Many thanks

Steve
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Old October 14th, 2003, 01:53 PM   #9
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Steven, the two camera's are really just for the ceremony.
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Old October 14th, 2003, 03:08 PM   #10
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For the ceremony, I like to have a stationary camera at or behind the alter (hidden if possible), to get the faces and vows without a lot of movement. Then I man the second and get the opposite angle (out of the other cameras frame) of the couple coming back down the isle. You just can't time that with one camera. Plus you have the added benefit of having the complete vows in one take with the addition of crowd reaction shots to intercut. It looks good in the final cut.
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Old October 14th, 2003, 04:22 PM   #11
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"Remove the Cassette". Twice now within 3 tapes. But it has now gone away . . hmmm .. I'm coming up to a year's worth with this cammie . .. maybe 100 miniDV tapes PLUS capture timings to through VEGAS. Okay some milage . . . this is worrying as I've got a shoot this Saturday . . . hmmm...

Grazie
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Old October 14th, 2003, 05:00 PM   #12
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How do you fix a tape that has been "eaten" by the cam? Just last week, my hi-8 cam had an error and forced the tape out, and some of the tape was hanging out of the cam. Now I have reason to believe the tape has been twisted 180 degrees, and after winding it by "manually" rewinding the tape back into the cassette, I don't know how to fix it. Should I take it apart w/ a screwdriver?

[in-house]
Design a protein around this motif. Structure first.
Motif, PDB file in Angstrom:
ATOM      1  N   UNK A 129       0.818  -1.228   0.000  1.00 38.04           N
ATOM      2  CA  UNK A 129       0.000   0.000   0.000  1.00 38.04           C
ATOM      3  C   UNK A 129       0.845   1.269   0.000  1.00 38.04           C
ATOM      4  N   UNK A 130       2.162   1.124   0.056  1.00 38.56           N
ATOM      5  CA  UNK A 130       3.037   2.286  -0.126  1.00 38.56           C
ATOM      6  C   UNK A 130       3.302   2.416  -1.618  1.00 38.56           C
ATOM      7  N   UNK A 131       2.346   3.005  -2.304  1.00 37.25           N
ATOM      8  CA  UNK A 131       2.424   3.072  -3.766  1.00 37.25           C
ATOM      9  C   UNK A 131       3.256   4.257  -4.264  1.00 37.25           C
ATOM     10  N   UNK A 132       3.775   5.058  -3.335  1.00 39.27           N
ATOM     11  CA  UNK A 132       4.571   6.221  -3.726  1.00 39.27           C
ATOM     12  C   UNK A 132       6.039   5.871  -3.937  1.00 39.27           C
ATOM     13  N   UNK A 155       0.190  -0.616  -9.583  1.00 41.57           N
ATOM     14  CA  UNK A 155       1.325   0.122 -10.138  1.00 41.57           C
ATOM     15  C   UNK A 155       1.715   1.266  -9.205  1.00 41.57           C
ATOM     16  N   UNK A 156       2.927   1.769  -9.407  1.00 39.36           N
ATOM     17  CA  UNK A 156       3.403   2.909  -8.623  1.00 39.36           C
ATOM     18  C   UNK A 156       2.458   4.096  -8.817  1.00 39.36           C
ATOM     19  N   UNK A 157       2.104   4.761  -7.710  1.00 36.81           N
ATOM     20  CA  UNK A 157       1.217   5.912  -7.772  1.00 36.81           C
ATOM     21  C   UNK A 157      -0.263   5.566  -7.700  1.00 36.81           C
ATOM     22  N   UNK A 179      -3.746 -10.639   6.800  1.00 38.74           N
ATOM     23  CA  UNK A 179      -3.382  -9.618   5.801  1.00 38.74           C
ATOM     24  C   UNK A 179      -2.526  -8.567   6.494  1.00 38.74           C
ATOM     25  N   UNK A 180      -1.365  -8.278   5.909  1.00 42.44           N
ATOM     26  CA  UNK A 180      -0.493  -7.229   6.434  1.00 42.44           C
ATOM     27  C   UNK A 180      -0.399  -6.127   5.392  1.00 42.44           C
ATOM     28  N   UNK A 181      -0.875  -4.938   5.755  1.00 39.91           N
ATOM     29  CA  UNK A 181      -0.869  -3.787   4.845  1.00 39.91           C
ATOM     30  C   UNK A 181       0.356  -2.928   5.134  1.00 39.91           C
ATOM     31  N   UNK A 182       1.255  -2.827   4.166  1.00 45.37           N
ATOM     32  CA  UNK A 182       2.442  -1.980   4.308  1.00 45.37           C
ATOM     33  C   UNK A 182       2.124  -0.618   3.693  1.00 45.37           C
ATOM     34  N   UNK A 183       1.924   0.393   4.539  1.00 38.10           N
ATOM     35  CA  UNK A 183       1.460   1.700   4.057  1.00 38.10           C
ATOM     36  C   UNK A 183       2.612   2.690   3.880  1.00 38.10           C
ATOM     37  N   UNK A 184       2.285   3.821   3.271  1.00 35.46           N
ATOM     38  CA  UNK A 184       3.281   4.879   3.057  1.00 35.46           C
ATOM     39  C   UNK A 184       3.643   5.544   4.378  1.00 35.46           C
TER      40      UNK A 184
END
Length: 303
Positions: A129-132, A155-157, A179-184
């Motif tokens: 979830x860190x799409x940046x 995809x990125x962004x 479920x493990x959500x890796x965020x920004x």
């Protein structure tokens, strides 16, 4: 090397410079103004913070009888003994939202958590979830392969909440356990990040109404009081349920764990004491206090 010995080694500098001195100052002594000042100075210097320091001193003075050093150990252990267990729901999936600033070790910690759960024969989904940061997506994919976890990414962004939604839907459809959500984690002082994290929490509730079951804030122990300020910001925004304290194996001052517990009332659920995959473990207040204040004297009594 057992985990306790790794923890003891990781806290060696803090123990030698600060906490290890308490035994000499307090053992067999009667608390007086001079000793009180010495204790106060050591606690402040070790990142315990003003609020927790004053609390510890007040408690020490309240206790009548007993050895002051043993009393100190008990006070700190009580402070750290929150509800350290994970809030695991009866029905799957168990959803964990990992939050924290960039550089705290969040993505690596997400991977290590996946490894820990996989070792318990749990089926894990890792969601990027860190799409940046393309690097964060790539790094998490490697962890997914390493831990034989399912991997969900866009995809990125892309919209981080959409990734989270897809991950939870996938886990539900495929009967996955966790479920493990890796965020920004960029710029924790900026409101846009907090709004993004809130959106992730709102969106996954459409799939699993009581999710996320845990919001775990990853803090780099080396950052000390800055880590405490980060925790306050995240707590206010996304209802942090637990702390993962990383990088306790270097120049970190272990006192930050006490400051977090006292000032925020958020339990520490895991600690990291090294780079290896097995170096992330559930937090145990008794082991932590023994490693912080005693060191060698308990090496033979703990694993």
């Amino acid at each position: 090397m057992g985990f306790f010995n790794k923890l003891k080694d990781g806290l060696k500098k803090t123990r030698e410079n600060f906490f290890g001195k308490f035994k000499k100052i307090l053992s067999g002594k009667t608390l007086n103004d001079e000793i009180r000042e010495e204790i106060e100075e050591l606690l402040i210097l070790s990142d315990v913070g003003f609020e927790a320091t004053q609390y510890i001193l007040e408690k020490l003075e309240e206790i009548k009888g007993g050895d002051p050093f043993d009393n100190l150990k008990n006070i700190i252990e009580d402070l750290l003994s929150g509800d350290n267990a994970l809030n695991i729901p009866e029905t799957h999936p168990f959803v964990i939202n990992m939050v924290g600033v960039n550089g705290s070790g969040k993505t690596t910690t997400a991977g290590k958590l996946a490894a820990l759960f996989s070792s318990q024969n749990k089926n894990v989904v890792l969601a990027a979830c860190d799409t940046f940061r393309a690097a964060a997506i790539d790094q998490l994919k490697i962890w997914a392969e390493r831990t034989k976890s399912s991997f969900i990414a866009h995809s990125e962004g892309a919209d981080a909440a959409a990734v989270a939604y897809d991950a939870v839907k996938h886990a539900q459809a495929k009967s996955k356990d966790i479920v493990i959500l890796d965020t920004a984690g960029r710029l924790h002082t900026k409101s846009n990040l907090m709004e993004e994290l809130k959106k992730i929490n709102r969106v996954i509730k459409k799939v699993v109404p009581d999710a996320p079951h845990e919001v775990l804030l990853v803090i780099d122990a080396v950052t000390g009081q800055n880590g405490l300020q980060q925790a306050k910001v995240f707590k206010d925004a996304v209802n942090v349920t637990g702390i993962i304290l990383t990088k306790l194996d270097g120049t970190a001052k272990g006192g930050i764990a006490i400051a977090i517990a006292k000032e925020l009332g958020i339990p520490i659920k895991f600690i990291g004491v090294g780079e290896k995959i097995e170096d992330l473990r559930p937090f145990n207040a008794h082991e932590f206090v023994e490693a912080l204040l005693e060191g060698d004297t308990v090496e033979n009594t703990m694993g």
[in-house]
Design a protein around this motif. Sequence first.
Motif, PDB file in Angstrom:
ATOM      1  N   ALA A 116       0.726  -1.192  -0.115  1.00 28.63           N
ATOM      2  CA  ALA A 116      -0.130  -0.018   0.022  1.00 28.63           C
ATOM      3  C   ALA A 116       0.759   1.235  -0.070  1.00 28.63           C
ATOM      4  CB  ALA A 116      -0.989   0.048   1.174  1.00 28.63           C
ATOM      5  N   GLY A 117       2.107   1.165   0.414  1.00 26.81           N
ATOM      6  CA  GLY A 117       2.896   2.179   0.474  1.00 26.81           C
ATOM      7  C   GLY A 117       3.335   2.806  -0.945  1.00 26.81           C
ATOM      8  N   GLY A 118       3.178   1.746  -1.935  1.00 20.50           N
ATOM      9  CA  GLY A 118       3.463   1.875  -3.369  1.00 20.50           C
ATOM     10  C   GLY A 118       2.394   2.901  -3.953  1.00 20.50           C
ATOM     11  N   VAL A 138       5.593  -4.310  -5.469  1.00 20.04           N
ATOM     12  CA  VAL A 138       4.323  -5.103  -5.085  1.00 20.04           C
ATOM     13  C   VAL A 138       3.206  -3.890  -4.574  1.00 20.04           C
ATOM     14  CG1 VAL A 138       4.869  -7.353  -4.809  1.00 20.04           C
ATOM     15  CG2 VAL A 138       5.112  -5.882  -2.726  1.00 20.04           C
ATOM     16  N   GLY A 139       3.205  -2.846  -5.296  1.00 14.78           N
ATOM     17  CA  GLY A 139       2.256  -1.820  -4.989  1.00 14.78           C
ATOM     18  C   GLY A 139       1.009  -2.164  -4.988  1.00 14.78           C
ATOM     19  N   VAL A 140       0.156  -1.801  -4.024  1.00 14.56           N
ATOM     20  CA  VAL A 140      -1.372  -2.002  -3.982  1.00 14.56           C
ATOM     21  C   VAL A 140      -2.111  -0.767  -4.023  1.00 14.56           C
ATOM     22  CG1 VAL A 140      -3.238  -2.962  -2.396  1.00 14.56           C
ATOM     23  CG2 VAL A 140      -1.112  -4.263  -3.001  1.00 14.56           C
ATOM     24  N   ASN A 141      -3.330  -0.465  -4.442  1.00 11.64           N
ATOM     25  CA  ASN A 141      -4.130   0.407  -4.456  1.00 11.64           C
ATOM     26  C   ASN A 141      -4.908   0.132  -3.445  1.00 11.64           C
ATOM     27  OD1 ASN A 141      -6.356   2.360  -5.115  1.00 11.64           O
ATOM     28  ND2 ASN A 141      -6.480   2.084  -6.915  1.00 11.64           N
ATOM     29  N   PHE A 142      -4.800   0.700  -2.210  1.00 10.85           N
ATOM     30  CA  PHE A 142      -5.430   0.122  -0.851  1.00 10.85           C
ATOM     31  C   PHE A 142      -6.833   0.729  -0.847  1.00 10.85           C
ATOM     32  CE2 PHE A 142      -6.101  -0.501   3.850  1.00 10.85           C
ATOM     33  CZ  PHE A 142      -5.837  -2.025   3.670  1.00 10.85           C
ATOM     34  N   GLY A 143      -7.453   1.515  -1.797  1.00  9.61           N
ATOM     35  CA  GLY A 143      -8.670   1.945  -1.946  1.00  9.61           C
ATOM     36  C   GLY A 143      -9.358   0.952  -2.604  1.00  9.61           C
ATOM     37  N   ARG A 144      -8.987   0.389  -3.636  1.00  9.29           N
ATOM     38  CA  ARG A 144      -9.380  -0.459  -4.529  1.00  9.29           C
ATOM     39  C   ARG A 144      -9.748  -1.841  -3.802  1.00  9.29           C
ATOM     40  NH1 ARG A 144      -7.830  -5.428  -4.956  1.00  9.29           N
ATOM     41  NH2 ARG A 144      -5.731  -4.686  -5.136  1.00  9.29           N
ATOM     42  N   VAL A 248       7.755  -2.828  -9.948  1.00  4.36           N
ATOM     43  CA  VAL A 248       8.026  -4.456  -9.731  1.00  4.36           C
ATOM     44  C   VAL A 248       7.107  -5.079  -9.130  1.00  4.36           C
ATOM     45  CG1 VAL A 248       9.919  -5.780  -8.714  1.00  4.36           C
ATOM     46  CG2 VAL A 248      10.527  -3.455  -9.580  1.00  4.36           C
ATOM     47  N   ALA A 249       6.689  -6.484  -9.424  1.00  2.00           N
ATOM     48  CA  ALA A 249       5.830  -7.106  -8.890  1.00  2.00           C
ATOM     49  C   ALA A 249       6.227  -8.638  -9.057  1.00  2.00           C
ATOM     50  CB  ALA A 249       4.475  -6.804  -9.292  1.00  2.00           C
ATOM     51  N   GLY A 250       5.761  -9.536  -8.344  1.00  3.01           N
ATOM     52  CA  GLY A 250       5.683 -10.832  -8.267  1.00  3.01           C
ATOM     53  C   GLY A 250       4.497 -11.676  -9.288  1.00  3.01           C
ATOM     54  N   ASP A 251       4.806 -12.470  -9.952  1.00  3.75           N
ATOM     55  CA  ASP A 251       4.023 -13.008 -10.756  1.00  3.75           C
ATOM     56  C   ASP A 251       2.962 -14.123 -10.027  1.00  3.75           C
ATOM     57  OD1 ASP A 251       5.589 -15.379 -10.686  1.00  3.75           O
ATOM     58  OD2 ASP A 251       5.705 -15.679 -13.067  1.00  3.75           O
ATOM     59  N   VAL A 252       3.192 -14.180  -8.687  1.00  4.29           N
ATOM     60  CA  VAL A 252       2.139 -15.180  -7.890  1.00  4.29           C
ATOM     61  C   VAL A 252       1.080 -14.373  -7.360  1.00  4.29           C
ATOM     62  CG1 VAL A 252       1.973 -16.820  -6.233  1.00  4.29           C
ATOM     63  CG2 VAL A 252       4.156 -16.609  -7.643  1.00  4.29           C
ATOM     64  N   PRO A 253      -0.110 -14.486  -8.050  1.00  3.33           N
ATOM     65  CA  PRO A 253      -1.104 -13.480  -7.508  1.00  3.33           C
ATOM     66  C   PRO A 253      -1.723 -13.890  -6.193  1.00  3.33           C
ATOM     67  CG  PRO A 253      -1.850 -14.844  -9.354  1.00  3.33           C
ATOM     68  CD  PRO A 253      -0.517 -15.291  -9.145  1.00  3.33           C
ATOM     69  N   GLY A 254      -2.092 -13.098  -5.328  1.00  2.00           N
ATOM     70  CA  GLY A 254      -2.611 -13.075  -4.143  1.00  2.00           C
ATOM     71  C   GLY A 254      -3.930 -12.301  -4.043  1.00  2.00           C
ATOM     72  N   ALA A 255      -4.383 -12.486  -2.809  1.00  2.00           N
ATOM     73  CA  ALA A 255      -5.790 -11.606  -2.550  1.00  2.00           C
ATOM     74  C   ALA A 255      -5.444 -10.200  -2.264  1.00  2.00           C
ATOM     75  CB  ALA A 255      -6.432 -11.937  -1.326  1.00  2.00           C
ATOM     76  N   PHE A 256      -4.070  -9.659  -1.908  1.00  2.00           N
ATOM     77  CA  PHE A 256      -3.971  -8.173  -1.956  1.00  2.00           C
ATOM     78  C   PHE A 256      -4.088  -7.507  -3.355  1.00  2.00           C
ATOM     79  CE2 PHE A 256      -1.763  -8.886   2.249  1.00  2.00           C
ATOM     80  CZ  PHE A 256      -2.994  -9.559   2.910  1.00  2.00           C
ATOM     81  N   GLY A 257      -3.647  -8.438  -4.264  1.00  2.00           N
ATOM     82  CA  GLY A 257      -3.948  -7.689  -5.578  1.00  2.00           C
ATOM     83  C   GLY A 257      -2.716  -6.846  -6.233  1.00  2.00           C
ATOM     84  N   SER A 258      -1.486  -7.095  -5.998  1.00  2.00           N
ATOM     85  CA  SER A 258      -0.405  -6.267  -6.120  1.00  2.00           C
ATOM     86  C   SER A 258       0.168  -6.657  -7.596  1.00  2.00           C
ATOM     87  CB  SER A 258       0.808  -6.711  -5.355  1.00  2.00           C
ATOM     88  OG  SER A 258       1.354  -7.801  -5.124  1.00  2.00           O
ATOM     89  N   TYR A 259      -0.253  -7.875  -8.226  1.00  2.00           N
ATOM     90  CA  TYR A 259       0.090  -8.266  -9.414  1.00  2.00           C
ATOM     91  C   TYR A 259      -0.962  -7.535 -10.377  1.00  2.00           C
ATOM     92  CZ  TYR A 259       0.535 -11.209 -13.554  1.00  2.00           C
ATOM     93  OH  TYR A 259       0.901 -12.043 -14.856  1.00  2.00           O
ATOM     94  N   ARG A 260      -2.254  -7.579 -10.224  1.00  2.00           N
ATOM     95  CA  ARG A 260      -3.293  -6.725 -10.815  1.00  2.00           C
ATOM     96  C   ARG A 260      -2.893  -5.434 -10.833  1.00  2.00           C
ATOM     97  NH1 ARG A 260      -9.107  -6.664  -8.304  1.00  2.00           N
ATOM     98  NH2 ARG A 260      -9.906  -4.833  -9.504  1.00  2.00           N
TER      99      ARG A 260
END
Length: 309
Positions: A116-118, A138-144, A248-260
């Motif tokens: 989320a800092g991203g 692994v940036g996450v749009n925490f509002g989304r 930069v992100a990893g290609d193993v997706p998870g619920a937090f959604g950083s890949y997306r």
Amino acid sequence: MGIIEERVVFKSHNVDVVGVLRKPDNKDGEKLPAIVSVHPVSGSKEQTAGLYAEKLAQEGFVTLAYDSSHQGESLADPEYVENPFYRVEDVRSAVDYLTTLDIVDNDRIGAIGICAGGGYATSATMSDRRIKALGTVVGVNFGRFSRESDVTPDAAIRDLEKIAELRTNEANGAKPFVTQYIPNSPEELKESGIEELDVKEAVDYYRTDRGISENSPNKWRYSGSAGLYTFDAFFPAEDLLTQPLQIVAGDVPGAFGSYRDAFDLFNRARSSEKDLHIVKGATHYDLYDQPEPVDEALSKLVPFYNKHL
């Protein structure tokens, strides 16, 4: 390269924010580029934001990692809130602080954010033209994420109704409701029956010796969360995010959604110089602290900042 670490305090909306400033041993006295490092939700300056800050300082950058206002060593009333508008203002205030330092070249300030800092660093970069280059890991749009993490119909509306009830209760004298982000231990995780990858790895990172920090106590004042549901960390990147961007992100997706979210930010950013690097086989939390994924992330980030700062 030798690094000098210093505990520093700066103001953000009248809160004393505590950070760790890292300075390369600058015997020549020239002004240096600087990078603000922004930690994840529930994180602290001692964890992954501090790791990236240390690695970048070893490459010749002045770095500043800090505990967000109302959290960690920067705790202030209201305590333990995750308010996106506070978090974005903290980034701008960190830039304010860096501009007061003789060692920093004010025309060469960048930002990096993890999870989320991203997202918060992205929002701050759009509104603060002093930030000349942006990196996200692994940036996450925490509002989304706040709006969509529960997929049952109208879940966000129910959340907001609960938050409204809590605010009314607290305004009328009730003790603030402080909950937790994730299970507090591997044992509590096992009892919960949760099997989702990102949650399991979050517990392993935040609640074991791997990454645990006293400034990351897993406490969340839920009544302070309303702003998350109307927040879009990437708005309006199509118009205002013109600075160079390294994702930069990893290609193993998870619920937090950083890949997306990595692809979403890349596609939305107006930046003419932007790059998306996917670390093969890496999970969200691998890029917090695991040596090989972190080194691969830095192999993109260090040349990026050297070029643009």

Also, how do I fix my camera from having these problems? It's about 5 or so years old now and I don't remember if it has ever had a head cleaning.
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Old October 14th, 2003, 05:11 PM   #13
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The best way to fix it is to cut out the twisted pard and splice it back together. IF you put it through a camera the way it is now is a 50/50 chance that it will get caught again. Once you have it spliced, make a dub of it right away and use the dub to edit with.

IF there is a very long section of tape that you think is twisted then you will probably have to take it apart and unthread the tape to see if it is twisted, then rewind it again.
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Old October 14th, 2003, 05:21 PM   #14
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Best NOT to run a splice over the heads, it could do major damage. MiniDV is not like the old 1/4" audio tape.
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Old October 15th, 2003, 03:14 AM   #15
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This has happened with my little Canon MV550i. After thoroughly searching for a reason I believe it to be a result of using different brands of tape. In my case, I was using Sony tapes exclusively and then I switched to TDK. The rewind issue started immediately. I thought it was the TDK tapes, so I went back to Sony and guess what, the rewind problem was still there.

There is a thread elsewhere on this forum about tapes. One contributer suggested that Sony tapes use a liquid lubricant and most other manufacturers use a dry lubricant. The poster suggests that when these two lubricants are mixed, a sludge forms on the heads which interferes with correct operation of the mechanism.

If this is the case, then the best recourse is to have the camera cleaned by Canon. The probability is that normal tape head cleaners won't do any good (I know the Panasonic one doesn't) since each manufacturer's cleaner is designed against their own tape.

Yow: I'd be very interested in hearing whether you used Sony tapes prior to the Panasonic ones.